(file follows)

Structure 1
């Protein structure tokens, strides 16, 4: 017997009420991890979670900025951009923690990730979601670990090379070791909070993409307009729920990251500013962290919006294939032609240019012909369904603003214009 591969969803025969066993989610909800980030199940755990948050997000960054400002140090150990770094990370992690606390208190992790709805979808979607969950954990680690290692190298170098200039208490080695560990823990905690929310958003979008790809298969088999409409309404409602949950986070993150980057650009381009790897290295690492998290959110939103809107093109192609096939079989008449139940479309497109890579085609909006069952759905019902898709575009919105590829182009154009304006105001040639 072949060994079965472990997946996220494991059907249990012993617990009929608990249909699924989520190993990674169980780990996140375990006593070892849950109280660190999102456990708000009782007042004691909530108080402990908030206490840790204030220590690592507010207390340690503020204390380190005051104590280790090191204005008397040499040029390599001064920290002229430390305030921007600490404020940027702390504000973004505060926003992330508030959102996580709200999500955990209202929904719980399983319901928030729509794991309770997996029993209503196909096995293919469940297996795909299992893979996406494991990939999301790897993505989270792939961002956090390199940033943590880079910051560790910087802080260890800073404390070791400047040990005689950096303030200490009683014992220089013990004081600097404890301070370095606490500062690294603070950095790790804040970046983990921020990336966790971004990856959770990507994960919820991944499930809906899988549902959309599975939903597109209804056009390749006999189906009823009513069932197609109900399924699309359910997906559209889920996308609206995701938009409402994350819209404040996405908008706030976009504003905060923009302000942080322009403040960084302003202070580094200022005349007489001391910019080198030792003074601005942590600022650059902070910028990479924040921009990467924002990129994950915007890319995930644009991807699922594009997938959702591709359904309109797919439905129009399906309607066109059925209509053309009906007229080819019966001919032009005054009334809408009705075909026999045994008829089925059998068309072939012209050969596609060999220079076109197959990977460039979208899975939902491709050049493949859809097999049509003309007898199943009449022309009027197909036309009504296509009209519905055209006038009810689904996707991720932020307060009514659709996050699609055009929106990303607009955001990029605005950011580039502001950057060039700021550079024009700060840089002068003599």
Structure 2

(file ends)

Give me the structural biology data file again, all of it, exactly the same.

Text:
Structure 1
């Protein structure tokens, strides 16, 4: 017997009420991890979670900025951009923690990730979601670990090379070791909070993409307009729920990251500013962290919006294939032609240019012909369904603003214009 591969969803025969066993989610909800980030199940755990948050997000960054400002140090150990770094990370992690606390208190992790709805979808979607969950954990680690290692190298170098200039208490080695560990823990905690929310958003979008790809298969088999409409309404409602949950986070993150980057650009381009790897290295690492998290959110939103809107093109192609096939079989008449139940479309497109890579085609909006069952759905019902898709575009919105590829182009154009304006105001040639 072949060994079965472990997946996220494991059907249990012993617990009929608990249909699924989520190993990674169980780990996140375990006593070892849950109280660190999102456990708000009782007042004691909530108080402990908030206490840790204030220590690592507010207390340690503020204390380190005051104590280790090191204005008397040499040029390599001064920290002229430390305030921007600490404020940027702390504000973004505060926003992330508030959102996580709200999500955990209202929904719980399983319901928030729509794991309770997996029993209503196909096995293919469940297996795909299992893979996406494991990939999301790897993505989270792939961002956090390199940033943590880079910051560790910087802080260890800073404390070791400047040990005689950096303030200490009683014992220089013990004081600097404890301070370095606490500062690294603070950095790790804040970046983990921020990336966790971004990856959770990507994960919820991944499930809906899988549902959309599975939903597109209804056009390749006999189906009823009513069932197609109900399924699309359910997906559209889920996308609206995701938009409402994350819209404040996405908008706030976009504003905060923009302000942080322009403040960084302003202070580094200022005349007489001391910019080198030792003074601005942590600022650059902070910028990479924040921009990467924002990129994950915007890319995930644009991807699922594009997938959702591709359904309109797919439905129009399906309607066109059925209509053309009906007229080819019966001919032009005054009334809408009705075909026999045994008829089925059998068309072939012209050969596609060999220079076109197959990977460039979208899975939902491709050049493949859809097999049509003309007898199943009449022309009027197909036309009504296509009209519905055209006038009810689904996707991720932020307060009514659709996050699609055009929106990303607009955001990029605005950011580039502001950057060039700021550079024009700060840089002068003599």
Structure 2